Power then analysed his three red cards! He added: "The Bradford one was an act of silliness and not really in my character. The tackle against Oxford could possibly have been a yellow card but on Saturday I knew I hadn't really made contact, the lad writhed around and the ref was surrounded by players. Some people probably still think it was a red, that's football, everyone's got an opinion. I'm just delighted it's been overturned. When the ball broke loose on Saturday in a split second I actually thought, 'stay on your feet,' which I did. Their lad went in at some velocity and in real time it looked worse than it was but luckily we had footage from different angles to show I didn't make contact with my foot, it was my trailing leg which caught him on his thigh. I was disappointed with the Walsall players' reactions but I understand it. They’ll feel they have a better chance of winning the game against ten men. I know it goes on and I think that maybe swayed the ref but I’ve got no grudges against the ref, we all make mistakes. On Tuesday I didn't quite feel at my best. It didn't help that they were a good side and we had a bit of a change of formation in the first half as well. That formation showed how devastating we can be but when we get pinned back it can be quite tough. It was a bit of a weird feeling going into the game. I didn't really feel I could play as I wanted to, it was just a case of trying to get through the game, that's the stage I'm at at the moment. There were a few loose balls knocking around and there were times I could have gone into a tackle but in my mind I had to not be as committed as usual. Hopefully in the course of the next few weeks that can come back. I'm a committed player. Do I have to curb the way I play? Hopefully not. But that was possibly the toughest game of my career to get through in terms of everything. There were a lot of tackles I probably could have gone into and I tired quite quickly because I haven't played much first-team football of late and the last few days have drained me. I was delighted to get through the game. I don't want my career here to fail, so I'm trying to kick-start it. The referee made a mistake, everyone makes mistakes. I couldn't stand here and be a hypocrite because I made a huge mistake at Bradford - we’re all human. Hopefully Tuesday was the start of rebuilding trust with the fans. The manager and the players have been great with me and I've really enjoyed my time here except for the red cards. I love it here, it's a fantastic club and the support stuck by us against Barnsley even when it went to 3-2 and we were backs against the wall. They really helped us get through the game. Getting through the game was the biggest thing for me and I look forward to Walsall at the weekend now so I can build up some match-fitness and get back to the performances I showed early in my Sunderland career."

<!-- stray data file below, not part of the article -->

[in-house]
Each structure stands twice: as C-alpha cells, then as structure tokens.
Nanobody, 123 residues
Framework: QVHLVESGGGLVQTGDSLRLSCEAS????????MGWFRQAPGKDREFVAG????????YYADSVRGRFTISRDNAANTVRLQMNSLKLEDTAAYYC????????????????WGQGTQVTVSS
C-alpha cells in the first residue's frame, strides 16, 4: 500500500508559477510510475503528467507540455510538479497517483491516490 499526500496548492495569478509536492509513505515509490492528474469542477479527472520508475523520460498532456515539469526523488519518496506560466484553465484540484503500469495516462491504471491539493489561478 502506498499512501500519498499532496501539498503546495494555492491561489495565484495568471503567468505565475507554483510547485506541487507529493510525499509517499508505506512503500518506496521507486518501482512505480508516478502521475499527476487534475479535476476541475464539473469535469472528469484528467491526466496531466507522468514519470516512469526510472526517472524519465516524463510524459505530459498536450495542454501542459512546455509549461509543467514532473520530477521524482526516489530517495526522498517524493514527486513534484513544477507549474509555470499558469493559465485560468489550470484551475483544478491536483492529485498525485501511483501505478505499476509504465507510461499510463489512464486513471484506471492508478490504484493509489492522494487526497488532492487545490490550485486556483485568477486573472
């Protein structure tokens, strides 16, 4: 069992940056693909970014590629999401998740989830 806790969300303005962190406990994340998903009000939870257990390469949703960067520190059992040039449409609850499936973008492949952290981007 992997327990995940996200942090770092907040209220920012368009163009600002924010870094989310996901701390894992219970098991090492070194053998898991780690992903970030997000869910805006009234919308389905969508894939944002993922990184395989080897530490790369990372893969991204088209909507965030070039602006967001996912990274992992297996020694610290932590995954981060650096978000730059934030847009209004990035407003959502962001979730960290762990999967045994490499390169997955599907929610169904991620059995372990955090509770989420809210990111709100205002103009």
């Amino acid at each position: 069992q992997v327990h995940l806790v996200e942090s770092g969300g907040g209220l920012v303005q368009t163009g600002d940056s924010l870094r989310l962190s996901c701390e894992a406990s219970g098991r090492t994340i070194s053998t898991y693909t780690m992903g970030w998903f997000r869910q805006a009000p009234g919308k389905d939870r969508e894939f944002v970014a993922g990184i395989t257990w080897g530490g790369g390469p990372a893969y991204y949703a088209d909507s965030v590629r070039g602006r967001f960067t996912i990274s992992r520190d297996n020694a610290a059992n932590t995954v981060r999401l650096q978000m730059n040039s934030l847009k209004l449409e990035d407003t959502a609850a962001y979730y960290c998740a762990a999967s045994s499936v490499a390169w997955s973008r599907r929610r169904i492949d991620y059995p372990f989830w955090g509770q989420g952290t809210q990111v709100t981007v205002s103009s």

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At the back end of the 1980s, football fanzines began to sweep the country and in 1989 we were presented with a new vehicle on which to enjoy some of this ride – A Love Supreme. ALS was a place we could all go to celebrate and commiserate being a Sunderland fan. Win, lose or draw, the pages of the fanzine became solace for many of us as we stumbled our way through our day to day lives, punctuated by the ups and downs of more match days than any of us care to remember.